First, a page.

Regarding the manufacturing of wood pellets, Cooper said he is considering policy changes to “make sure our forests are protected.”
“I think we have to be careful about going too far with it,” Cooper said.
A greenhouse gas inventory released by the Cooper administration the day after he testified assumes that wood pellets manufactured in his state will create carbon emissions. The inventory also lists the harvesting of wood products as a carbon sink loss.
A newly-appointed group will assess the impacts of the wood pellet industry on North Carolina’s forests.
“Whereas the companies used to do selective cutting, now they just go in and mow everything down indiscriminately,” Roberson said. “They log a lot more than they used to—especially down in the wetlands. There are places around the Roanoke River that are bare and have been deforested right down to the bank. They lay logs down in the creek beds so they can drive the equipment in there.”
The U.S. is the world’s largest exporter of wood pellets. Between 2013 and 2017, exports increased by 78 percent and in 2017 more than 99 percent of the wood pellets exported from the U.S. went to the EU. Wood is the largest source of what is considered renewable energy in the EU and accounts for nearly half the renewable energy in Europe.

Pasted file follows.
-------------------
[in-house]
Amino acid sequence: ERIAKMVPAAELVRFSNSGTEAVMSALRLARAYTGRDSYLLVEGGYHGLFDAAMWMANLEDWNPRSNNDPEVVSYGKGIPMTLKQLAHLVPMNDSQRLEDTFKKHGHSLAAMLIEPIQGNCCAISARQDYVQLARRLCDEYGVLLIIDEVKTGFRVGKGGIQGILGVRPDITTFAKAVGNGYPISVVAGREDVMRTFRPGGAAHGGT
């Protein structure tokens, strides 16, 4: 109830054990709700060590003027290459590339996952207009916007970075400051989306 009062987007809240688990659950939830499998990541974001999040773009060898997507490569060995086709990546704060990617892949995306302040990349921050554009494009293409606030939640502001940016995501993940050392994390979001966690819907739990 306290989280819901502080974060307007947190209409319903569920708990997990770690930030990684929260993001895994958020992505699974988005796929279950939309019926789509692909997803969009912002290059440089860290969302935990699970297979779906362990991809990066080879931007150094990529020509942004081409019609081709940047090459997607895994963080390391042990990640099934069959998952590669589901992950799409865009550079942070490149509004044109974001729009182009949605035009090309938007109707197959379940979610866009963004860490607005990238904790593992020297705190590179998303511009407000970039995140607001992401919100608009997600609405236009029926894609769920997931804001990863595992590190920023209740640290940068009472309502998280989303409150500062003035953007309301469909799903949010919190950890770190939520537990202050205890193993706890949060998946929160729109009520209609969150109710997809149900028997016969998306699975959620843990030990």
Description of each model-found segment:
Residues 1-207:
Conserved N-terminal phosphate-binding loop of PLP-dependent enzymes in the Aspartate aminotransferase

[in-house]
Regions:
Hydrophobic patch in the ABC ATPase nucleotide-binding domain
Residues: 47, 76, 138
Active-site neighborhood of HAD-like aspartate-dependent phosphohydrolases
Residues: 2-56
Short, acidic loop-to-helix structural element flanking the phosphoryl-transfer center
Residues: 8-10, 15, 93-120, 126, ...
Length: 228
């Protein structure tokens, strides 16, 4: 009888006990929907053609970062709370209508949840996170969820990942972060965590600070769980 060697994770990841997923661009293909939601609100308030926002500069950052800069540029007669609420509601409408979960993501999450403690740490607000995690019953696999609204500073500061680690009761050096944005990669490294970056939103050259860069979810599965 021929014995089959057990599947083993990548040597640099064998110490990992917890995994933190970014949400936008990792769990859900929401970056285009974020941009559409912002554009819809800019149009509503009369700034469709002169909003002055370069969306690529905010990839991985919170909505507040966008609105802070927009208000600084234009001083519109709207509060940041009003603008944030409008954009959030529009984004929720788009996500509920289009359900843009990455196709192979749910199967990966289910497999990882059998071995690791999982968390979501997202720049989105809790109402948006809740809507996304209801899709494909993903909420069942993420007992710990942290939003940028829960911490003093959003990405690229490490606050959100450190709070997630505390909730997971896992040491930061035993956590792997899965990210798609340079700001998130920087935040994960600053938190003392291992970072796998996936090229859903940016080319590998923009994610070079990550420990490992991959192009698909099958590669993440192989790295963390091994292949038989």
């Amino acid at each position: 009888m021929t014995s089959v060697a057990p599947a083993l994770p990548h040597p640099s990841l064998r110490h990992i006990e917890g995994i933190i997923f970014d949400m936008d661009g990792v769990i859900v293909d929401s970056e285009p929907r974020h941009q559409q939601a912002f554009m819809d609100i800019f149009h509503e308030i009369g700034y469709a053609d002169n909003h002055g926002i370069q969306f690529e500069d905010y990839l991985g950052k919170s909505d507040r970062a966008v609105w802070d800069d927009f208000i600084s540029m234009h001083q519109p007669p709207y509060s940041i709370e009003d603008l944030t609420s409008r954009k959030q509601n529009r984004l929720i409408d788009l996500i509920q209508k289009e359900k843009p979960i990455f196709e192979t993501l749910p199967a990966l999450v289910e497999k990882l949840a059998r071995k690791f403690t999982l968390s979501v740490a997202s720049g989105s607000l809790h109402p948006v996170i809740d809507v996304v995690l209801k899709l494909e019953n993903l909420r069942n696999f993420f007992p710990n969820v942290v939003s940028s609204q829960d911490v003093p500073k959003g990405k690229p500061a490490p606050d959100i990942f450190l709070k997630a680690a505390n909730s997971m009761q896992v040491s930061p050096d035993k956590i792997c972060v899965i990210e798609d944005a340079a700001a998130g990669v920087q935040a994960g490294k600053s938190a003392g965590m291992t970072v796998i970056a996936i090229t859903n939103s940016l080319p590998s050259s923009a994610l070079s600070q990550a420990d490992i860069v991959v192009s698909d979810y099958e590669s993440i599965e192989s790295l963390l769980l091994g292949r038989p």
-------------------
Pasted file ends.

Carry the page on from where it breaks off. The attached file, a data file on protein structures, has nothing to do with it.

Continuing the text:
Booth said subsidize wood-burning companies is not good climate policy.
“The end game is we want to reduce emissions—and if we’re subsidizing renewable energy that actually increases emissions then, let’s get rid of that goal,” Booth said. “Then you’d have more money flowing into truly green zero carbon-emission renewables and an increased awareness and focus on restoring and rebuilding the forest carbon sink, which is what we need to be doing to mitigate climate change.”
Roberson said he worries about what will happen to his land and community if the subsidies continue.
“About five years ago, logging companies approached me and my neighbors asking us to sell our trees. They said that the old hardwood in our woods were ‘ready’ and we could earn good money. I declined but my neighbors agreed,” said Roberson, who said his 30 acres is now a small island of old forest surrounded by open space and new growth that exacerbates flooding during storms.
“It does not make sense that cutting forests can have no impact on climate change. We have to count the carbon that is put in the air when we burn anything. Calling those pellets zero carbon emissions doesn’t make sense. I’d would think a grade school student could understand it—it’s common sense.”